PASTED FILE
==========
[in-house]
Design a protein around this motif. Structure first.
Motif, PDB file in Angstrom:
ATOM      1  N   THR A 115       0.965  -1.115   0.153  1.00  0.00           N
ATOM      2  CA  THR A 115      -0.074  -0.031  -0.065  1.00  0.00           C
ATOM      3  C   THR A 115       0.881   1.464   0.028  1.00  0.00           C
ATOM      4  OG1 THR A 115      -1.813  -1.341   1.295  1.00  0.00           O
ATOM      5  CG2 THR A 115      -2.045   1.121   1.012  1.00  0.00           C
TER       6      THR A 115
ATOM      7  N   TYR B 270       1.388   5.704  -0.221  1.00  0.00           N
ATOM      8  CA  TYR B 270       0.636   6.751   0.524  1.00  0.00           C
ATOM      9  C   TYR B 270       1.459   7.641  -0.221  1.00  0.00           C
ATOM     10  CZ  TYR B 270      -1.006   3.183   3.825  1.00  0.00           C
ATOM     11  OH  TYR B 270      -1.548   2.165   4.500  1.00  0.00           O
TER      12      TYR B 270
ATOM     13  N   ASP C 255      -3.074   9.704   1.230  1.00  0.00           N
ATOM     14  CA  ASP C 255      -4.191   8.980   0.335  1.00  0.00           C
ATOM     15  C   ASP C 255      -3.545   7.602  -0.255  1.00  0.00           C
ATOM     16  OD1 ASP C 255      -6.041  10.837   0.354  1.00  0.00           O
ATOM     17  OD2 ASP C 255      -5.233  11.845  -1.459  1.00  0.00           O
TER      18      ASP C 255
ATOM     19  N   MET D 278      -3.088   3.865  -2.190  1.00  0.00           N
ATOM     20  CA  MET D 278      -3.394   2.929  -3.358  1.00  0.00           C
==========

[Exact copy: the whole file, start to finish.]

[in-house]
Design a protein around this motif. Structure first.
Motif, PDB file in Angstrom:
ATOM      1  N   THR A 115       0.965  -1.115   0.153  1.00  0.00           N
ATOM      2  CA  THR A 115      -0.074  -0.031  -0.065  1.00  0.00           C
ATOM      3  C   THR A 115       0.881   1.464   0.028  1.00  0.00           C
ATOM      4  OG1 THR A 115      -1.813  -1.341   1.295  1.00  0.00           O
ATOM      5  CG2 THR A 115      -2.045   1.121   1.012  1.00  0.00           C
TER       6      THR A 115
ATOM      7  N   TYR B 270       1.388   5.704  -0.221  1.00  0.00           N
ATOM      8  CA  TYR B 270       0.636   6.751   0.524  1.00  0.00           C
ATOM      9  C   TYR B 270       1.459   7.641  -0.221  1.00  0.00           C
ATOM     10  CZ  TYR B 270      -1.006   3.183   3.825  1.00  0.00           C
ATOM     11  OH  TYR B 270      -1.548   2.165   4.500  1.00  0.00           O
TER      12      TYR B 270
ATOM     13  N   ASP C 255      -3.074   9.704   1.230  1.00  0.00           N
ATOM     14  CA  ASP C 255      -4.191   8.980   0.335  1.00  0.00           C
ATOM     15  C   ASP C 255      -3.545   7.602  -0.255  1.00  0.00           C
ATOM     16  OD1 ASP C 255      -6.041  10.837   0.354  1.00  0.00           O
ATOM     17  OD2 ASP C 255      -5.233  11.845  -1.459  1.00  0.00           O
TER      18      ASP C 255
ATOM     19  N   MET D 278      -3.088   3.865  -2.190  1.00  0.00           N
ATOM     20  CA  MET D 278      -3.394   2.929  -3.358  1.00  0.00           C